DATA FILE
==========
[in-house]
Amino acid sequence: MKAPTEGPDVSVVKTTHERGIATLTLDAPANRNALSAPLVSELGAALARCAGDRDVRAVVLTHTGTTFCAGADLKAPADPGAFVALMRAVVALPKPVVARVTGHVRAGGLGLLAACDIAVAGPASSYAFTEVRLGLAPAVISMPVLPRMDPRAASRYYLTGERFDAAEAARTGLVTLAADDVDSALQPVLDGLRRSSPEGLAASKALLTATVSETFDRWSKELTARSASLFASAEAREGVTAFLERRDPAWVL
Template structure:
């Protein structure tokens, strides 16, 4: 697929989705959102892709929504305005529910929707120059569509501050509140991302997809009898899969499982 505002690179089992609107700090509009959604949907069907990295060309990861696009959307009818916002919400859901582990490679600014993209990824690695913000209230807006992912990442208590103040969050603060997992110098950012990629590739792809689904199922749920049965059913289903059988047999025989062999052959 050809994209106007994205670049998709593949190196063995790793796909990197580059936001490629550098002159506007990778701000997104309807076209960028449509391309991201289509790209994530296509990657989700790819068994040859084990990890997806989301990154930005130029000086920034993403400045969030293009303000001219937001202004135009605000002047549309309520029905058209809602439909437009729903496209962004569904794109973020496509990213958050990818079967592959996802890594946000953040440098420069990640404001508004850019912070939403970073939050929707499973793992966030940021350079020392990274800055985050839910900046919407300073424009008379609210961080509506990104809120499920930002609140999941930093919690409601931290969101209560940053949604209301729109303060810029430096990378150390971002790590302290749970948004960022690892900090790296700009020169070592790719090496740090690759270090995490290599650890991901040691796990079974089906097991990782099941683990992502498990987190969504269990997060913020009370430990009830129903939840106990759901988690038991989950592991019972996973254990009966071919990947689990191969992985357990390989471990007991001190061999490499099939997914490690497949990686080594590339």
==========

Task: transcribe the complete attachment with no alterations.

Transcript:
[in-house]
Amino acid sequence: MKAPTEGPDVSVVKTTHERGIATLTLDAPANRNALSAPLVSELGAALARCAGDRDVRAVVLTHTGTTFCAGADLKAPADPGAFVALMRAVVALPKPVVARVTGHVRAGGLGLLAACDIAVAGPASSYAFTEVRLGLAPAVISMPVLPRMDPRAASRYYLTGERFDAAEAARTGLVTLAADDVDSALQPVLDGLRRSSPEGLAASKALLTATVSETFDRWSKELTARSASLFASAEAREGVTAFLERRDPAWVL
Template structure:
């Protein structure tokens, strides 16, 4: 697929989705959102892709929504305005529910929707120059569509501050509140991302997809009898899969499982 505002690179089992609107700090509009959604949907069907990295060309990861696009959307009818916002919400859901582990490679600014993209990824690695913000209230807006992912990442208590103040969050603060997992110098950012990629590739792809689904199922749920049965059913289903059988047999025989062999052959 050809994209106007994205670049998709593949190196063995790793796909990197580059936001490629550098002159506007990778701000997104309807076209960028449509391309991201289509790209994530296509990657989700790819068994040859084990990890997806989301990154930005130029000086920034993403400045969030293009303000001219937001202004135009605000002047549309309520029905058209809602439909437009729903496209962004569904794109973020496509990213958050990818079967592959996802890594946000953040440098420069990640404001508004850019912070939403970073939050929707499973793992966030940021350079020392990274800055985050839910900046919407300073424009008379609210961080509506990104809120499920930002609140999941930093919690409601931290969101209560940053949604209301729109303060810029430096990378150390971002790590302290749970948004960022690892900090790296700009020169070592790719090496740090690759270090995490290599650890991901040691796990079974089906097991990782099941683990992502498990987190969504269990997060913020009370430990009830129903939840106990759901988690038991989950592991019972996973254990009966071919990947689990191969992985357990390989471990007991001190061999490499099939997914490690497949990686080594590339």